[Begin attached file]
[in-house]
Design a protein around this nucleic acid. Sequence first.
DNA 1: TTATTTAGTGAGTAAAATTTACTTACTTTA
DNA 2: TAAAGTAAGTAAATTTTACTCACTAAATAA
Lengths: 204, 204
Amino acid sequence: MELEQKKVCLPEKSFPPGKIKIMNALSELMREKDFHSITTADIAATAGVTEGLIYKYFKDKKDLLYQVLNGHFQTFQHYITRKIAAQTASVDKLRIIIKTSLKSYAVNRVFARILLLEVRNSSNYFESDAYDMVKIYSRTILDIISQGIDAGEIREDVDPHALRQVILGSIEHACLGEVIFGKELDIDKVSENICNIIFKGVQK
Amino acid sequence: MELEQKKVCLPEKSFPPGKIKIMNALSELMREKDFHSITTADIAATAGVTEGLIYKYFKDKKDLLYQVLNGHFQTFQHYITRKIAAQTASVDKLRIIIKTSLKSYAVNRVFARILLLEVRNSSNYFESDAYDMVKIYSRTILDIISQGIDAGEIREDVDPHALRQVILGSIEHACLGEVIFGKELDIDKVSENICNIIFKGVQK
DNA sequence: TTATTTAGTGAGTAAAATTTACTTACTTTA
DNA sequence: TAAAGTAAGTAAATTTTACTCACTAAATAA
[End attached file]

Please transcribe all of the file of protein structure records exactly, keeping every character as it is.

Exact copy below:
[in-house]
Design a protein around this nucleic acid. Sequence first.
DNA 1: TTATTTAGTGAGTAAAATTTACTTACTTTA
DNA 2: TAAAGTAAGTAAATTTTACTCACTAAATAA
Lengths: 204, 204
Amino acid sequence: MELEQKKVCLPEKSFPPGKIKIMNALSELMREKDFHSITTADIAATAGVTEGLIYKYFKDKKDLLYQVLNGHFQTFQHYITRKIAAQTASVDKLRIIIKTSLKSYAVNRVFARILLLEVRNSSNYFESDAYDMVKIYSRTILDIISQGIDAGEIREDVDPHALRQVILGSIEHACLGEVIFGKELDIDKVSENICNIIFKGVQK
Amino acid sequence: MELEQKKVCLPEKSFPPGKIKIMNALSELMREKDFHSITTADIAATAGVTEGLIYKYFKDKKDLLYQVLNGHFQTFQHYITRKIAAQTASVDKLRIIIKTSLKSYAVNRVFARILLLEVRNSSNYFESDAYDMVKIYSRTILDIISQGIDAGEIREDVDPHALRQVILGSIEHACLGEVIFGKELDIDKVSENICNIIFKGVQK
DNA sequence: TTATTTAGTGAGTAAAATTTACTTACTTTA
DNA sequence: TAAAGTAAGTAAATTTTACTCACTAAATAA